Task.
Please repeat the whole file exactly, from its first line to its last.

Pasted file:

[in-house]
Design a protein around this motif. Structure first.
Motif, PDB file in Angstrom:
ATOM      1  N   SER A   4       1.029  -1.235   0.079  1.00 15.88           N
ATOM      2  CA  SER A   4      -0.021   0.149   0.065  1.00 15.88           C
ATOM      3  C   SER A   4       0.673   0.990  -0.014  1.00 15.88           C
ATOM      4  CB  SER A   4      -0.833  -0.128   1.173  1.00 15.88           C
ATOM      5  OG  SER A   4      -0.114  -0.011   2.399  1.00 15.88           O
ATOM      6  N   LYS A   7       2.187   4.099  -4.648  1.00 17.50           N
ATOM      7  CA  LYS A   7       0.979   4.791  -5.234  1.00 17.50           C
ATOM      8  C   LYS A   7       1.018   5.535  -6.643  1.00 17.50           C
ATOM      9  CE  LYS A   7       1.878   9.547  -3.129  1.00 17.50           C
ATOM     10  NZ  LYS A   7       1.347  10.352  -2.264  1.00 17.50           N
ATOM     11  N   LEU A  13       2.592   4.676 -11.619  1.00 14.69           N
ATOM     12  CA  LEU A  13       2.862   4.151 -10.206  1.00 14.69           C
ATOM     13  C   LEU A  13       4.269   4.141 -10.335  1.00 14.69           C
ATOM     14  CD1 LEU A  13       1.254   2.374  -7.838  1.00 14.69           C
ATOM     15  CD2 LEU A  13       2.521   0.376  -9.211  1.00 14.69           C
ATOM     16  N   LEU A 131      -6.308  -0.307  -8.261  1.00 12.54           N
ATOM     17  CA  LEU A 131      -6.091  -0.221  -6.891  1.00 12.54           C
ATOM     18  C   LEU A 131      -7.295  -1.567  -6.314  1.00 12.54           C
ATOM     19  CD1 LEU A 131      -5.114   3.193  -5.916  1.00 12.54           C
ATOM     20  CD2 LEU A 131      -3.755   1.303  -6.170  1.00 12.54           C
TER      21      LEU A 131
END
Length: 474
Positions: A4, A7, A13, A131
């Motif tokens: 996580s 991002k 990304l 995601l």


[in-house]
Design a protein around this motif. Structure first.
Motif, PDB file in Angstrom:
ATOM      1  N   SER A   4       1.029  -1.235   0.079  1.00 15.88           N
ATOM      2  CA  SER A   4      -0.021   0.149   0.065  1.00 15.88           C
ATOM      3  C   SER A   4       0.673   0.990  -0.014  1.00 15.88           C
ATOM      4  CB  SER A   4      -0.833  -0.128   1.173  1.00 15.88           C
ATOM      5  OG  SER A   4      -0.114  -0.011   2.399  1.00 15.88           O
ATOM      6  N   LYS A   7       2.187   4.099  -4.648  1.00 17.50           N
ATOM      7  CA  LYS A   7       0.979   4.791  -5.234  1.00 17.50           C
ATOM      8  C   LYS A   7       1.018   5.535  -6.643  1.00 17.50           C
ATOM      9  CE  LYS A   7       1.878   9.547  -3.129  1.00 17.50           C
ATOM     10  NZ  LYS A   7       1.347  10.352  -2.264  1.00 17.50           N
ATOM     11  N   LEU A  13       2.592   4.676 -11.619  1.00 14.69           N
ATOM     12  CA  LEU A  13       2.862   4.151 -10.206  1.00 14.69           C
ATOM     13  C   LEU A  13       4.269   4.141 -10.335  1.00 14.69           C
ATOM     14  CD1 LEU A  13       1.254   2.374  -7.838  1.00 14.69           C
ATOM     15  CD2 LEU A  13       2.521   0.376  -9.211  1.00 14.69           C
ATOM     16  N   LEU A 131      -6.308  -0.307  -8.261  1.00 12.54           N
ATOM     17  CA  LEU A 131      -6.091  -0.221  -6.891  1.00 12.54           C
ATOM     18  C   LEU A 131      -7.295  -1.567  -6.314  1.00 12.54           C
ATOM     19  CD1 LEU A 131      -5.114   3.193  -5.916  1.00 12.54           C
ATOM     20  CD2 LEU A 131      -3.755   1.303  -6.170  1.00 12.54           C
TER      21      LEU A 131
END
Length: 474
Positions: A4, A7, A13, A131
């Motif tokens: 996580s 991002k 990304l 995601l």